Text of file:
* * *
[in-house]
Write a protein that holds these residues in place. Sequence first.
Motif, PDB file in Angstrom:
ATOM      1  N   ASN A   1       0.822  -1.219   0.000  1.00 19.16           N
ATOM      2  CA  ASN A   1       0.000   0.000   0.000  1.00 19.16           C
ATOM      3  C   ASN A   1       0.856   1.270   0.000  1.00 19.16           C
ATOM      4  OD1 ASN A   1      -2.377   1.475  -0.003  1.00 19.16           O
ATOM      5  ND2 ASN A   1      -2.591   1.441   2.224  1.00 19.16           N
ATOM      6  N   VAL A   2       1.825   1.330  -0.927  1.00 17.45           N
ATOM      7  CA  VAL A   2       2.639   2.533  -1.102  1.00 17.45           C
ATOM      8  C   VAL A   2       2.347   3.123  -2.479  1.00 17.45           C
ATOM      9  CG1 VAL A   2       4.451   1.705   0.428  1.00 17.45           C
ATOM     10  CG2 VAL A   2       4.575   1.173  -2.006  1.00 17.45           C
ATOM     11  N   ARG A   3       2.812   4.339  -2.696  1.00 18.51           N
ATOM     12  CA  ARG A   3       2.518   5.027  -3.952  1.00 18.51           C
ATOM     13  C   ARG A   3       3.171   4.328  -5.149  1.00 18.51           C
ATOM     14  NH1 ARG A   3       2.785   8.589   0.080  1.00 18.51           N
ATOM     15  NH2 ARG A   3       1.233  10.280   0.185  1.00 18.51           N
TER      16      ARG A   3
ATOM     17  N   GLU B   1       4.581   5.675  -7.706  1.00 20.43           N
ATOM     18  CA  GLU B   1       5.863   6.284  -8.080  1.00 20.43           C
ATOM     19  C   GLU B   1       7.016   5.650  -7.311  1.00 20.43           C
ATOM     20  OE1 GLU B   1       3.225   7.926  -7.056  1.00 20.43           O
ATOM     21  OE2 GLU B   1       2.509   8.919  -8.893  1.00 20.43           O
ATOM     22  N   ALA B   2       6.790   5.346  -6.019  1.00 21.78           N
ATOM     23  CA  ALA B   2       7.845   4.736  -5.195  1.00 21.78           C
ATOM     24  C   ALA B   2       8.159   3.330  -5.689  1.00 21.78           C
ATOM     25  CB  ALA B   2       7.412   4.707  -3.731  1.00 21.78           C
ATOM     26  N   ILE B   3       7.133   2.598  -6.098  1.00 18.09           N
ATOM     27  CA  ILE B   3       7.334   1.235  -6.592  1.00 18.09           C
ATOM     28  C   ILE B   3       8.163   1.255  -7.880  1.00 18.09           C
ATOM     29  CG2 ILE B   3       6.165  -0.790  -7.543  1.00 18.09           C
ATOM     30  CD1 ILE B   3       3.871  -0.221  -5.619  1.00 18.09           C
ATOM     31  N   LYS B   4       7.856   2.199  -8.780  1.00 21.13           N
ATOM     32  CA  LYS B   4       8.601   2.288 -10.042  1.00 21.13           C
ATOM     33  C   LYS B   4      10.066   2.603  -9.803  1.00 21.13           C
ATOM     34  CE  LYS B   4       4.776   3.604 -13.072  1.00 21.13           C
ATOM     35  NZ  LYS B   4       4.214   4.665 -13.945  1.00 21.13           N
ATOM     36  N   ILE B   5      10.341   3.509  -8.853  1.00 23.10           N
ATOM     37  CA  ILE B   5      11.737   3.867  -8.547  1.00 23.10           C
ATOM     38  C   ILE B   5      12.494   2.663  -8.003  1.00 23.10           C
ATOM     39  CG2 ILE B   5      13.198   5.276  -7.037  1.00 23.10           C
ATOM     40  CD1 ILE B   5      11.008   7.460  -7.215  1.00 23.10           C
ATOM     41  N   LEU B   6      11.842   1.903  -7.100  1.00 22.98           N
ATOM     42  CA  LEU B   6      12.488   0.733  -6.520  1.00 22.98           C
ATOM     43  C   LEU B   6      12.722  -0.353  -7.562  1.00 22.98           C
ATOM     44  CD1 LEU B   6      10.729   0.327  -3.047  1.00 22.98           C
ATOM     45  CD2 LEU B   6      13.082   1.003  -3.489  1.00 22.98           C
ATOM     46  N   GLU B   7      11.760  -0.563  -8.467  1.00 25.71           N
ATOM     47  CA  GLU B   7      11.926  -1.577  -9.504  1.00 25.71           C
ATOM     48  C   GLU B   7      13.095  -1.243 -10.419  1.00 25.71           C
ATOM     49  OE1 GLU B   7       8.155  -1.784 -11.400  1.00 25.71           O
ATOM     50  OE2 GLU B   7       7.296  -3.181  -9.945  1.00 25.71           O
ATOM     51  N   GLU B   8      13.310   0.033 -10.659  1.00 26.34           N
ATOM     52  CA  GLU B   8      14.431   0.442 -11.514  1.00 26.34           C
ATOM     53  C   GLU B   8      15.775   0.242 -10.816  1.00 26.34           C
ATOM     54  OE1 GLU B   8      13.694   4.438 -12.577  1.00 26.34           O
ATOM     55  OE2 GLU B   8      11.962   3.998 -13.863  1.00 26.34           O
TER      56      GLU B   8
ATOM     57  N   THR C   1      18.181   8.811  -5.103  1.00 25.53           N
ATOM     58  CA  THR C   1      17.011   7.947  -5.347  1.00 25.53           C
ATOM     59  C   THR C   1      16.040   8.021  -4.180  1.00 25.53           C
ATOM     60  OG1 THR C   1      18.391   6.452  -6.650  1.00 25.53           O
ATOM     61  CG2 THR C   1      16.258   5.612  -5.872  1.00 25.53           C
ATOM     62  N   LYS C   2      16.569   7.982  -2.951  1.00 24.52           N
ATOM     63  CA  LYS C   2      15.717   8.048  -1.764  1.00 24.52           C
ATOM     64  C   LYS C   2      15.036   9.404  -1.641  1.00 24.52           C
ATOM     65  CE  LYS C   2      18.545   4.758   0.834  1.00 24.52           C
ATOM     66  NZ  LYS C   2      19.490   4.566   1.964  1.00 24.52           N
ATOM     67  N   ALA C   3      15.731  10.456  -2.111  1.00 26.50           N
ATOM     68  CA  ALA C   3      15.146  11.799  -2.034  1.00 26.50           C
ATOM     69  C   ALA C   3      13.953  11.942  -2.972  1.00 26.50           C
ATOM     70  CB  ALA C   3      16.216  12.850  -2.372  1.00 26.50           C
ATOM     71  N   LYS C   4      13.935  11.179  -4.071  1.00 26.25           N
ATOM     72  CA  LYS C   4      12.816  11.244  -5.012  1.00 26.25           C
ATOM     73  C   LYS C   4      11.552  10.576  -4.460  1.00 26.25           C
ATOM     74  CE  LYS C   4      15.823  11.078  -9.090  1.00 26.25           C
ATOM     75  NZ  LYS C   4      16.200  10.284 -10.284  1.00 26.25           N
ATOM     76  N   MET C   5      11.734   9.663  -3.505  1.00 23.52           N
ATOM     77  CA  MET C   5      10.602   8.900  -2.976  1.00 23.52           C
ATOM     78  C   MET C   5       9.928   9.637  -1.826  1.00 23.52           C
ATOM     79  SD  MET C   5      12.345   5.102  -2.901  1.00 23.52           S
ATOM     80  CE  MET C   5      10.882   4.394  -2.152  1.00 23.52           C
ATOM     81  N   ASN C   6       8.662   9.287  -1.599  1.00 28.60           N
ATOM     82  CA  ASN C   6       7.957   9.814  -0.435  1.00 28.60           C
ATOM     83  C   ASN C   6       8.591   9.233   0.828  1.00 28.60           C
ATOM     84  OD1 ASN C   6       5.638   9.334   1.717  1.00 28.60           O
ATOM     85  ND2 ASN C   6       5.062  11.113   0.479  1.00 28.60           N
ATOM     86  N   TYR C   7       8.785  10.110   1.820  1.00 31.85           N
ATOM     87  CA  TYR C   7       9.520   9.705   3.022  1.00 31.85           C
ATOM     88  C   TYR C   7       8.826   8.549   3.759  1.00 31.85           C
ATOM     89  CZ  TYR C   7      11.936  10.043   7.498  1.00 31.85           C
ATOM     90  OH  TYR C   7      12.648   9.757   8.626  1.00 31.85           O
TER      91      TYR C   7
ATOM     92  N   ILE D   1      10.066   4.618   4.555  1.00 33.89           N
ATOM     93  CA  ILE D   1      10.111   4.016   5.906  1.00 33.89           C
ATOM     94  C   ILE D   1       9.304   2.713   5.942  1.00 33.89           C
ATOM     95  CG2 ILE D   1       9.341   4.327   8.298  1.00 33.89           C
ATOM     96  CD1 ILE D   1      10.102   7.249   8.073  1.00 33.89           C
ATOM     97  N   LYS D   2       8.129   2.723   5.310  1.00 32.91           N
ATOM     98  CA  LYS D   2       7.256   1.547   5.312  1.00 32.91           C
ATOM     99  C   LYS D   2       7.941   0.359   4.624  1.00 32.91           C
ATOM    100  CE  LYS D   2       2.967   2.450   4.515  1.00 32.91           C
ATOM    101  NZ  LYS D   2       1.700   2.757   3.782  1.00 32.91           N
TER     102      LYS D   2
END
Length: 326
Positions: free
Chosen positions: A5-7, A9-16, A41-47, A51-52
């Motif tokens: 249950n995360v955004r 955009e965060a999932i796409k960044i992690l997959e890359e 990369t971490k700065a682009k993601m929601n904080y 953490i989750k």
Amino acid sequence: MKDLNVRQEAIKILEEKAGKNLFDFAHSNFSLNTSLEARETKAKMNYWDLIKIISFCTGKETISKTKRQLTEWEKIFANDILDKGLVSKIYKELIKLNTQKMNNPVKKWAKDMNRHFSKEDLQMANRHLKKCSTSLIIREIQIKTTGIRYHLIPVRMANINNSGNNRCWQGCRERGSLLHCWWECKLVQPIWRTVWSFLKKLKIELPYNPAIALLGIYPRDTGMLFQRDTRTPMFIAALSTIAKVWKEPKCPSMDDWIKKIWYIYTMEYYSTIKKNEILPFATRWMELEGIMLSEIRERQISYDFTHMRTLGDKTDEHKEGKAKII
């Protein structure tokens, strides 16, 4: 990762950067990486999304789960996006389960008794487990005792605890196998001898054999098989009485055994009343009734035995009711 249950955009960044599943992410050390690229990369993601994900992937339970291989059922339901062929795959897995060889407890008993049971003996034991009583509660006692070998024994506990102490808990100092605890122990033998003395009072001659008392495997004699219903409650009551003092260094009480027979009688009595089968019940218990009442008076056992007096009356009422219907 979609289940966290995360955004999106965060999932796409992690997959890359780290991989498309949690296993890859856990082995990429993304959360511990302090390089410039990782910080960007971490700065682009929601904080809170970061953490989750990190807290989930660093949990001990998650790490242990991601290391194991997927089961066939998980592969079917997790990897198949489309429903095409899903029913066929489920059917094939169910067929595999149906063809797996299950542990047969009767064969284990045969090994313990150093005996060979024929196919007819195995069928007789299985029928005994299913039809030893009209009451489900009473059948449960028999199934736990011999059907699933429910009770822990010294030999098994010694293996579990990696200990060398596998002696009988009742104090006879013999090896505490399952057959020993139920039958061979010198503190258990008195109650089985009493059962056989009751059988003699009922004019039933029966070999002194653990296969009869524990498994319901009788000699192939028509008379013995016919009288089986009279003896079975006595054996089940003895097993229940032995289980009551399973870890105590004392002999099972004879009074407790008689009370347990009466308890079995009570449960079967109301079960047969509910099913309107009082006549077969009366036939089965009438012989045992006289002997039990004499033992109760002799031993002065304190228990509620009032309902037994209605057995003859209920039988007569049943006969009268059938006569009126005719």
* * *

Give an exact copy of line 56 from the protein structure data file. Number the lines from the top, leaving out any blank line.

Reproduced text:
ATOM     53  C   GLU B   8      15.775   0.242 -10.816  1.00 26.34           C